Article ID: 236955 - View products that this article applies to.
This article was previously published under Q236955
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BUG #: 56013 (SQLBUG_70)
Lock conversion is the process of upgrading a lock to provide an enhanced control over a resource. For example, you set the transaction isolation level to serializable and then perform a select followed by an update of the same row in which a conversion from a shared lock to an exclusive lock is performed. Lock conversions are commonly encountered when using repeatable read or serializable locking isolation levels, but are not limited to these isolation levels. The following example shows the conversion from an IS-S to and IS-X to accommodate the conversion.
When working with multiple connections, which attempt to access the same lock resource, it is possible to get a standard blocking scenario. The following example is a simple block showing the sysprocesses blocked indication and the corresponding WAIT from sp_lock.
When SPID 7 is done with the lock it will GRANT SPID 9 the lock and allow SPID 9 to run.
For these conditions, refer to the following article in the Microsoft Knowledge Base:
(http://support.microsoft.com/kb/162361/EN-US/ )INF: Understanding and Resolving SQL Server Blocking Problems
However, under some circumstances the lock conversion process does GRANT the lock to a waiting SPID but does not properly allow the SPID to execute. You may see the following output under these conditions:
SPID 7 completed use of the lock resource that SPID 9 was waiting on. SPID 7 then GRANTed the lock to SPID 9 but did not clear the waittype and waitresource for SPID 9, leaving it in the sleeping state.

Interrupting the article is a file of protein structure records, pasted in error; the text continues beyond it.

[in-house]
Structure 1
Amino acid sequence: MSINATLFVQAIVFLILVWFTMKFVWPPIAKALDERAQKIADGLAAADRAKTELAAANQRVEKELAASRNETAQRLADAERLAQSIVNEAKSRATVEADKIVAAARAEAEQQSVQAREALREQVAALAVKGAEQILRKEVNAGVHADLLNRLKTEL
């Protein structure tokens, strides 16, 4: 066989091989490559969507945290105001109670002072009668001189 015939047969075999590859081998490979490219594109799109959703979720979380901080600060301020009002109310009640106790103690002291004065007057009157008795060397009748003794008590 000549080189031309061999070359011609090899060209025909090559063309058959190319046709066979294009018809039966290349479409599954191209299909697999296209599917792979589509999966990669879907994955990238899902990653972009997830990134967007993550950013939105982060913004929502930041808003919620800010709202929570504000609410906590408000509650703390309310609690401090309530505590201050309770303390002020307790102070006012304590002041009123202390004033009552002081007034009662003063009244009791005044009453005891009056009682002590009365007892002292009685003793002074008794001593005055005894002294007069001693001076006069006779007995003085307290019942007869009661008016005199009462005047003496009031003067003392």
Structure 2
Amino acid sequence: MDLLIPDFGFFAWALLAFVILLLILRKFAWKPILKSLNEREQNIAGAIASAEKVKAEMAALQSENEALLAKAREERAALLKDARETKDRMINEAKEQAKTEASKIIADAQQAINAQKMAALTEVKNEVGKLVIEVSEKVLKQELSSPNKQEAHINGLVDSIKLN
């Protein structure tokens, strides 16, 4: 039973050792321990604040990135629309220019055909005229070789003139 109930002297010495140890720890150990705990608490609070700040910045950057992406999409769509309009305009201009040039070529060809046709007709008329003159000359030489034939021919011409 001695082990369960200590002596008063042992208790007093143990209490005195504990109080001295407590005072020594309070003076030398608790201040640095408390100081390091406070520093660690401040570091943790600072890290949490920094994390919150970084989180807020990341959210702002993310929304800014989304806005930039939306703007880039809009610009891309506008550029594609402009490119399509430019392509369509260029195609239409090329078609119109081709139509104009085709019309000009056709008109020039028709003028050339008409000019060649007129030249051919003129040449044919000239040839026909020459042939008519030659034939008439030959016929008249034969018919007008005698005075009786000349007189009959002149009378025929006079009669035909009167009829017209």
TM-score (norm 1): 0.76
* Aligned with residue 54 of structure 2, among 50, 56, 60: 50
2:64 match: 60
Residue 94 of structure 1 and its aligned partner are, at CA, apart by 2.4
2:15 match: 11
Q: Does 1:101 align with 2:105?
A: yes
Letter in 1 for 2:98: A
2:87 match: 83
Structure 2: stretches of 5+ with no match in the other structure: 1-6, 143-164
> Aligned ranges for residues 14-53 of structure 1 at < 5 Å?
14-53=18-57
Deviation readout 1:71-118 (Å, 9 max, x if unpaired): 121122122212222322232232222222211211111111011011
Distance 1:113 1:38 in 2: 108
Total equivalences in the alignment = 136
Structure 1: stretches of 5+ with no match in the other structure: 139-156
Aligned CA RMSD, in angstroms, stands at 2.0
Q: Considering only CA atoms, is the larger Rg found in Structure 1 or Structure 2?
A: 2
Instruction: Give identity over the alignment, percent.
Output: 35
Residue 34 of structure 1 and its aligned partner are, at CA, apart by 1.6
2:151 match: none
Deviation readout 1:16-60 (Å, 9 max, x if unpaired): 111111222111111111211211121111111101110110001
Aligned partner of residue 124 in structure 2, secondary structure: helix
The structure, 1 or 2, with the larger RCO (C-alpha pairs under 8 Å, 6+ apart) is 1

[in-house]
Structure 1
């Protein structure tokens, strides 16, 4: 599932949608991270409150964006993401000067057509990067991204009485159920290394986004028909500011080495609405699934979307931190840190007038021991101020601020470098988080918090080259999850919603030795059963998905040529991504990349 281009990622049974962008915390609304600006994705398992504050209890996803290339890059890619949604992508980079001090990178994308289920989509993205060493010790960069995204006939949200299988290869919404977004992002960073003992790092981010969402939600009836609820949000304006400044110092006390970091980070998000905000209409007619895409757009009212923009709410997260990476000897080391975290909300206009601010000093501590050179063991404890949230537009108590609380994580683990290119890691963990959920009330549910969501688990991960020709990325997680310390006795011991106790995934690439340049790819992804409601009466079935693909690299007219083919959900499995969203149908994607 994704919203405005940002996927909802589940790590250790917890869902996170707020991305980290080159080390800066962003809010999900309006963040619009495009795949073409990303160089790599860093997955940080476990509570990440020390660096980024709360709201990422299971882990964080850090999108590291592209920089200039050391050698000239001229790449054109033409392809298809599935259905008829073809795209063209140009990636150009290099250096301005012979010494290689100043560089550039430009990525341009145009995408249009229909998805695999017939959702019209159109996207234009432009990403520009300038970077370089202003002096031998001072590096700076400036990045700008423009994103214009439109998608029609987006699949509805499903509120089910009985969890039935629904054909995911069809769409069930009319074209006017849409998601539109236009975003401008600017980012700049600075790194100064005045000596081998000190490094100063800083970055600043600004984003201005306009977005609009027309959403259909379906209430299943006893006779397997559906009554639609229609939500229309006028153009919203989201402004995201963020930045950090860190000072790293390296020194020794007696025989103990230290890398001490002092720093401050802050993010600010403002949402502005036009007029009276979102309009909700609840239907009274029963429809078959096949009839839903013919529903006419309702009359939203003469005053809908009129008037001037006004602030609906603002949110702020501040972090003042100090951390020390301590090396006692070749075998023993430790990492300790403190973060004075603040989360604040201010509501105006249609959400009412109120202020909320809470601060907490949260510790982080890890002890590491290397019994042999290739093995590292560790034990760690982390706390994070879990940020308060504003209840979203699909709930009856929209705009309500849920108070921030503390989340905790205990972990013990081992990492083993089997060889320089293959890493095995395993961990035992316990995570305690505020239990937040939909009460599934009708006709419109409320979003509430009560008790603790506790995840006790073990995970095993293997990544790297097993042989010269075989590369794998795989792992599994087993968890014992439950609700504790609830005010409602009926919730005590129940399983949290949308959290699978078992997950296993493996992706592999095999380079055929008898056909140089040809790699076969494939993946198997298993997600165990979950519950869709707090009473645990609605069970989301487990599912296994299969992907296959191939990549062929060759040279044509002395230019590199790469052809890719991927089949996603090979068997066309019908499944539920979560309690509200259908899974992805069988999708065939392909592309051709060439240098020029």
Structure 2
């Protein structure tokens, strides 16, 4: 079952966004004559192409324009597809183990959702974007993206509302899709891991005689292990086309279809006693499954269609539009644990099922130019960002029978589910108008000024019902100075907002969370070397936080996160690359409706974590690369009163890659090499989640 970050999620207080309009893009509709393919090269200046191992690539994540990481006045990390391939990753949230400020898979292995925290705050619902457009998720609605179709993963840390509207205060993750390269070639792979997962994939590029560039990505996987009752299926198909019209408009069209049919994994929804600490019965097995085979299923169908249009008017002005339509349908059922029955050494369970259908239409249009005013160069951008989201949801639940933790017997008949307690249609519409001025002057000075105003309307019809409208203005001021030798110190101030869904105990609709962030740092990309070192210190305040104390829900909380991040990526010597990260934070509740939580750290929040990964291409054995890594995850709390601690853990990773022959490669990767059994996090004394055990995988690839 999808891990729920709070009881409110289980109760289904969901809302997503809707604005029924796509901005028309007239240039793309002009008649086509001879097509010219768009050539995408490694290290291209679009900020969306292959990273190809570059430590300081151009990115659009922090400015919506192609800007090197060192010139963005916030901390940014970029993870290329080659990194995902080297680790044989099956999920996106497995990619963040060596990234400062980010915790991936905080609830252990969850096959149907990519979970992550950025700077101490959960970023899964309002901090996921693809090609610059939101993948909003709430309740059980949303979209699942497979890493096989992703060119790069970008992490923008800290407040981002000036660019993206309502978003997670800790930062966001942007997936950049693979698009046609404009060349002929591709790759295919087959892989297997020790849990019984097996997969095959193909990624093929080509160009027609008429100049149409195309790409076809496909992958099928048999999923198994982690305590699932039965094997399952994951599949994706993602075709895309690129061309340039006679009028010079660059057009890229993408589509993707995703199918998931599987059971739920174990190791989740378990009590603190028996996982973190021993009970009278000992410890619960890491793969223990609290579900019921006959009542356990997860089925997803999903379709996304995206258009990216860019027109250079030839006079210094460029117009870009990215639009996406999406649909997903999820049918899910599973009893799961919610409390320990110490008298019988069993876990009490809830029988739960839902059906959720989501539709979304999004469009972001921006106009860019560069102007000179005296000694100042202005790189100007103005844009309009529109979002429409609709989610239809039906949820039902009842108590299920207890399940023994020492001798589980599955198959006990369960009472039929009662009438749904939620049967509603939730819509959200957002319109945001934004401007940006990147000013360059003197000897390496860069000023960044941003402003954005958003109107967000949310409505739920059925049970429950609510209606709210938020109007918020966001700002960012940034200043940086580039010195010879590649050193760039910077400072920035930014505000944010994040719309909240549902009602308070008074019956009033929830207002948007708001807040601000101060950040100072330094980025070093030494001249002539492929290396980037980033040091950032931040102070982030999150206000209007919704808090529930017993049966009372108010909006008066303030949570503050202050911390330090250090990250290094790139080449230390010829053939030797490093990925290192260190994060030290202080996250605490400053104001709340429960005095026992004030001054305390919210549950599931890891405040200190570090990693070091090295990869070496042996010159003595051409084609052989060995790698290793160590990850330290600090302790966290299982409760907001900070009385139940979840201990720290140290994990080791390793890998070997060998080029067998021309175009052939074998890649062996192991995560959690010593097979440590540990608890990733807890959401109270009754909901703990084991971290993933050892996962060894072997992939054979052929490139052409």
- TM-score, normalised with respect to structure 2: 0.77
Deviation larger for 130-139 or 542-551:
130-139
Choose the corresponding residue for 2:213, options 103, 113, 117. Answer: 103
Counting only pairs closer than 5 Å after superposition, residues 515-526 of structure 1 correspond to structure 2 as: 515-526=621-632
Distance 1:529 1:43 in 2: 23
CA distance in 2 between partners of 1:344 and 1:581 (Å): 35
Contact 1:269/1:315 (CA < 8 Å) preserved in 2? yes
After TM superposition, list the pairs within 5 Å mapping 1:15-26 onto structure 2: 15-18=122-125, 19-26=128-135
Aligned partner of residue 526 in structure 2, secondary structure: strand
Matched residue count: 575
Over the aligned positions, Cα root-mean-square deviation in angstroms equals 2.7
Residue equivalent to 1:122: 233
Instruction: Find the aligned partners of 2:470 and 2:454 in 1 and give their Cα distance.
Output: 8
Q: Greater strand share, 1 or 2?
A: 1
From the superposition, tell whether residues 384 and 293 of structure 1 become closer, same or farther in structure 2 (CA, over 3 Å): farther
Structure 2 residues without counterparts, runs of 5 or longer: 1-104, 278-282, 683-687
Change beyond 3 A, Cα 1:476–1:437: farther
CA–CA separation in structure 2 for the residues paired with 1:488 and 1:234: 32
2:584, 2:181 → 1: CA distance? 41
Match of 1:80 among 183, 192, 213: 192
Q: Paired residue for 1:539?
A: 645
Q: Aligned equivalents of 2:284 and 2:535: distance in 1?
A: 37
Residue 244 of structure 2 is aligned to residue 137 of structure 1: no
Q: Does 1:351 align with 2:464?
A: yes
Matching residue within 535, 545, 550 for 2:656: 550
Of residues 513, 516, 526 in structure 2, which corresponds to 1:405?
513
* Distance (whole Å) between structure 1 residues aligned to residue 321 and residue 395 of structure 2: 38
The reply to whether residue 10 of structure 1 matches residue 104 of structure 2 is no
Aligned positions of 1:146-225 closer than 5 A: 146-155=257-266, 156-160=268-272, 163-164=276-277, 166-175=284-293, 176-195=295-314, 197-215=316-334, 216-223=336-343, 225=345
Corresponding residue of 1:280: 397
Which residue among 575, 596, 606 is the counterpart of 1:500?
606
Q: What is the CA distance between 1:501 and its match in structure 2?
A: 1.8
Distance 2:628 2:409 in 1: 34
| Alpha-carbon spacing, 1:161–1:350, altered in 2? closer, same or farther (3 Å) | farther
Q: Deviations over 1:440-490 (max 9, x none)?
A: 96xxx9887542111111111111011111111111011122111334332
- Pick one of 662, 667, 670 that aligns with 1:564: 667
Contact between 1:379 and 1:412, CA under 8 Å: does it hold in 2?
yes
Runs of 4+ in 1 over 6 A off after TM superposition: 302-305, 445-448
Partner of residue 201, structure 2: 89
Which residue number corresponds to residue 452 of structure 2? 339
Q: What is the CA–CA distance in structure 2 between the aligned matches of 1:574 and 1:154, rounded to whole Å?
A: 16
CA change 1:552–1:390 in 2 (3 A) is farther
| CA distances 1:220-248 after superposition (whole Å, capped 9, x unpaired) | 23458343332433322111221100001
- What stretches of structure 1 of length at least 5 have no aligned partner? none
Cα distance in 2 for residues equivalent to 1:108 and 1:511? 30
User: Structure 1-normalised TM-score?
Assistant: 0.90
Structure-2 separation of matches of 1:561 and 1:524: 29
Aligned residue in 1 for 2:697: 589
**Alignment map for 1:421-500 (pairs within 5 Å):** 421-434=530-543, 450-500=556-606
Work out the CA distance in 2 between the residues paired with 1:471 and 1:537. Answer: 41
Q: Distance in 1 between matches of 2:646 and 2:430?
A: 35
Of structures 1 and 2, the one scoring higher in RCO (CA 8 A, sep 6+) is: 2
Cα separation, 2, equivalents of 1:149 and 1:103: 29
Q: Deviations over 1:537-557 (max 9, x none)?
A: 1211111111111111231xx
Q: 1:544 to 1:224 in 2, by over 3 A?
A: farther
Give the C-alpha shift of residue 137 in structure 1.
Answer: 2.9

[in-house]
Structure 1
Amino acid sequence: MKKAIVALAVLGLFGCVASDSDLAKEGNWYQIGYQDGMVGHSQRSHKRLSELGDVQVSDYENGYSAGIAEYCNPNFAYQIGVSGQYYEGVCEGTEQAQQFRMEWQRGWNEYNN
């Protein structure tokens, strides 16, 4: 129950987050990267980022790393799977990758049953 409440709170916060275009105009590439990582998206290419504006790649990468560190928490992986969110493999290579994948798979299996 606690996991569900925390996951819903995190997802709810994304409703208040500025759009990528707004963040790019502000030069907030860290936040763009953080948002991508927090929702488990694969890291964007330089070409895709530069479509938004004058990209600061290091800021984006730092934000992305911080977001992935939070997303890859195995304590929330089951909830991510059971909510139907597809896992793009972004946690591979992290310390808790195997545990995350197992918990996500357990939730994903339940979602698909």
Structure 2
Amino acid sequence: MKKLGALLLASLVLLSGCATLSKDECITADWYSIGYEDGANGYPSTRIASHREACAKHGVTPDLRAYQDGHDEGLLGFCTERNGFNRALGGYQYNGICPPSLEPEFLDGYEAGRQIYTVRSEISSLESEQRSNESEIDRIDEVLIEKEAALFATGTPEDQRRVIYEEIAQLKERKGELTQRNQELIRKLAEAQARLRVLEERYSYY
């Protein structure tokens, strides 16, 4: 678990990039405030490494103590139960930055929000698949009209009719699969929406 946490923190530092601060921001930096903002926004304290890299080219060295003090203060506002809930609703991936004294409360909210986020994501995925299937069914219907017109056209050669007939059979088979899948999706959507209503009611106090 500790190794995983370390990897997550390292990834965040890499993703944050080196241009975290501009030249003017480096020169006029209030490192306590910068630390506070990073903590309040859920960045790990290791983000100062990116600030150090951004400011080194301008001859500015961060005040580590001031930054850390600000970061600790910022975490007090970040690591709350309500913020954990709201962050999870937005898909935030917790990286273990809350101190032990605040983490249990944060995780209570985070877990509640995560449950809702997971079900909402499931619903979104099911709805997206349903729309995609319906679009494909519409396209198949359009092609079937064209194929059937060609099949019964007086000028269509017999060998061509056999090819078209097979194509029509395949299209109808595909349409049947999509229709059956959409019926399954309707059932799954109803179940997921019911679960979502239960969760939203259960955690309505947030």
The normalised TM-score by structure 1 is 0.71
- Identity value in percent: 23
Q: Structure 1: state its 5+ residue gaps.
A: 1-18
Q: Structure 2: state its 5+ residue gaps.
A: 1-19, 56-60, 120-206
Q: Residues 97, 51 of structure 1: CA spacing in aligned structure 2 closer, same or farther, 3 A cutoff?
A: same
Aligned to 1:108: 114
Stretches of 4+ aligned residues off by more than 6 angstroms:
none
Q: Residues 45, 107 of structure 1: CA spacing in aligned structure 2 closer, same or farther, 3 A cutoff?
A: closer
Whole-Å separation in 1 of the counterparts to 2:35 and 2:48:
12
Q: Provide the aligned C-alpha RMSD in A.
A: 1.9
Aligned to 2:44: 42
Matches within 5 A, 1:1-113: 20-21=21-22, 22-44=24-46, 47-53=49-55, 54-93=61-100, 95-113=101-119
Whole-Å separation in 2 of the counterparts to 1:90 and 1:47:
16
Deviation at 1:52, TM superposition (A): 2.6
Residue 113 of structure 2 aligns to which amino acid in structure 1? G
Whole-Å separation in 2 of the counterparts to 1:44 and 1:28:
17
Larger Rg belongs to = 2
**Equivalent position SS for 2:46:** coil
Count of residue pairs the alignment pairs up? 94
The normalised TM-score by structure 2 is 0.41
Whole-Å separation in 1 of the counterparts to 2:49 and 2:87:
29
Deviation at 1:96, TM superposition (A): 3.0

The nature of this problem is such that the SPID is actually granted the lock but the SPID remains in a sleeping state with a lock waittype. (Lock mode waittypes would include, but may not be limited to, those waittypes of 0x1 to 0xF.)
When in this state, closing the client application connection or using the T-SQL KILL command rolls back the transaction and allows the server to continue normal processing.
Microsoft has confirmed this to be a problem in SQL Server 7.0. This problem has been corrected in U.S. Service Pack 2 for Microsoft SQL Server 7.0. For more information, click the following article number to view the article in the Microsoft Knowledge Base:
254561For more information, contact your primary support provider.
(http://support.microsoft.com/kb/254561/ )INF: How to Obtain Service Pack 2 for Microsoft SQL Server 7.0 and Microsoft Data Engine (MSDE) 1.0
Applications written to use Microsoft Transaction Server (MTS) components with transactional support provided by the Microsoft Distribution Transaction Coordinator (DTC) may be more susceptible to the problem. The default isolation level used by the MTS/DTC combination is serializable.
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